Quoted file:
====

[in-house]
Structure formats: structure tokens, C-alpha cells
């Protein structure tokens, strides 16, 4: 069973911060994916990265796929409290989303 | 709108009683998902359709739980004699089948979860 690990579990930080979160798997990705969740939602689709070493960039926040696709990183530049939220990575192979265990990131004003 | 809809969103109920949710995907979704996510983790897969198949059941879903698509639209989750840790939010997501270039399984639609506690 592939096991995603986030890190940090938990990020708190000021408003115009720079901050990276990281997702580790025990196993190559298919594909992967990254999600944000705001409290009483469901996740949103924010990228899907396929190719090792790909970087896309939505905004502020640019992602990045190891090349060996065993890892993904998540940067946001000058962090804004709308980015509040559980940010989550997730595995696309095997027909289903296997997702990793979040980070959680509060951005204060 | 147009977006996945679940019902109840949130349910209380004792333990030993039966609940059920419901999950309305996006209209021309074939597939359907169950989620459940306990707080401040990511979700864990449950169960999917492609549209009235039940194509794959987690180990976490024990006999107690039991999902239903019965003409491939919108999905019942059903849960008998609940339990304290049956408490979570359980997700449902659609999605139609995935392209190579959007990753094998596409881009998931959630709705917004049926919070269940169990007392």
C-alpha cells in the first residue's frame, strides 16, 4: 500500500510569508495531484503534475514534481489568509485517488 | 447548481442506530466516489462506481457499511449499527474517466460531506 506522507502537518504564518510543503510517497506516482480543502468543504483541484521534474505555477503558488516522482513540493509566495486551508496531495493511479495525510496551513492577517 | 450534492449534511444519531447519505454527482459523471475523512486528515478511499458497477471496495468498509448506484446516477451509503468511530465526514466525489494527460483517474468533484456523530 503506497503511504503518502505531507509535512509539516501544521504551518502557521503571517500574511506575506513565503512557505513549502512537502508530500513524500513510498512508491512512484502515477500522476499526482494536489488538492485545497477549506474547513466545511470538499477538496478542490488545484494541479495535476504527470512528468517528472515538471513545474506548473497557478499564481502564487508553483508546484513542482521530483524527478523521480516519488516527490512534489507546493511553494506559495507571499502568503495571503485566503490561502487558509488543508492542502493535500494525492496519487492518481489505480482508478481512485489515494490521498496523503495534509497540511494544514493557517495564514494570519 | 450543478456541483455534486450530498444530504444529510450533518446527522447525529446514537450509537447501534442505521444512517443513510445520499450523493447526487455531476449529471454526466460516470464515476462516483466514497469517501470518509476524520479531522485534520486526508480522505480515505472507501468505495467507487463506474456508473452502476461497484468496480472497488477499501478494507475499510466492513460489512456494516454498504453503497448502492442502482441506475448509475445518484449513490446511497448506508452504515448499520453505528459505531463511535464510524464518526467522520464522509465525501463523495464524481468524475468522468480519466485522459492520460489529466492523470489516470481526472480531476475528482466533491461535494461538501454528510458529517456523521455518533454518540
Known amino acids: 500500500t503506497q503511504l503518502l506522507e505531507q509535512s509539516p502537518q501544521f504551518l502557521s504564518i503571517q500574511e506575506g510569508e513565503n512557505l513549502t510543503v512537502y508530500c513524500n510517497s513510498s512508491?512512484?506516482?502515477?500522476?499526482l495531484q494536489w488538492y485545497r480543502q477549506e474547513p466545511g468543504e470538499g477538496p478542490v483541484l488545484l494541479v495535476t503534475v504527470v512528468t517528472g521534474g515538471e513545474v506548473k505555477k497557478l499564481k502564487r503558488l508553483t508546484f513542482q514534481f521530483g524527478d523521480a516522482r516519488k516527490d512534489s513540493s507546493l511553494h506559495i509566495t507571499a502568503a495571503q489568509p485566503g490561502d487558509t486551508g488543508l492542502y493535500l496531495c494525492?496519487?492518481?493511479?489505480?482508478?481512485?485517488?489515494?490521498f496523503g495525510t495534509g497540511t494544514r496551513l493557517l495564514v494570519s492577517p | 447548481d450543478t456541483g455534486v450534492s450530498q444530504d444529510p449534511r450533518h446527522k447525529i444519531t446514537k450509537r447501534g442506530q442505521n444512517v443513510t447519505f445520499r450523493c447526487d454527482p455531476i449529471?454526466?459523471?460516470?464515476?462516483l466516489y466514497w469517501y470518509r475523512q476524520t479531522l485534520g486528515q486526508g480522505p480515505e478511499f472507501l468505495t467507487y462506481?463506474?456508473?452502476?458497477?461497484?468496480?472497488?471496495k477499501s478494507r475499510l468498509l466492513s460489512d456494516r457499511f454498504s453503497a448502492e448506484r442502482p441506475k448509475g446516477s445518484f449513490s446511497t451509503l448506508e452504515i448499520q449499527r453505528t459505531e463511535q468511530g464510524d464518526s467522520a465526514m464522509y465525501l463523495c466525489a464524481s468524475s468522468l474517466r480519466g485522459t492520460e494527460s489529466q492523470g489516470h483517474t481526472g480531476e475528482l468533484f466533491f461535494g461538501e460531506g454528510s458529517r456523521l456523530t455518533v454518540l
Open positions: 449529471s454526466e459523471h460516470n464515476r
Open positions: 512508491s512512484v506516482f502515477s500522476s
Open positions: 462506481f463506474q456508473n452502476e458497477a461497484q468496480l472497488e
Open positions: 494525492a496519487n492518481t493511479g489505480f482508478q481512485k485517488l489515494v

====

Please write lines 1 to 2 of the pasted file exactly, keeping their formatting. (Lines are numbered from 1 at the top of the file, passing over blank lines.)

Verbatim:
[in-house]
Structure formats: structure tokens, C-alpha cells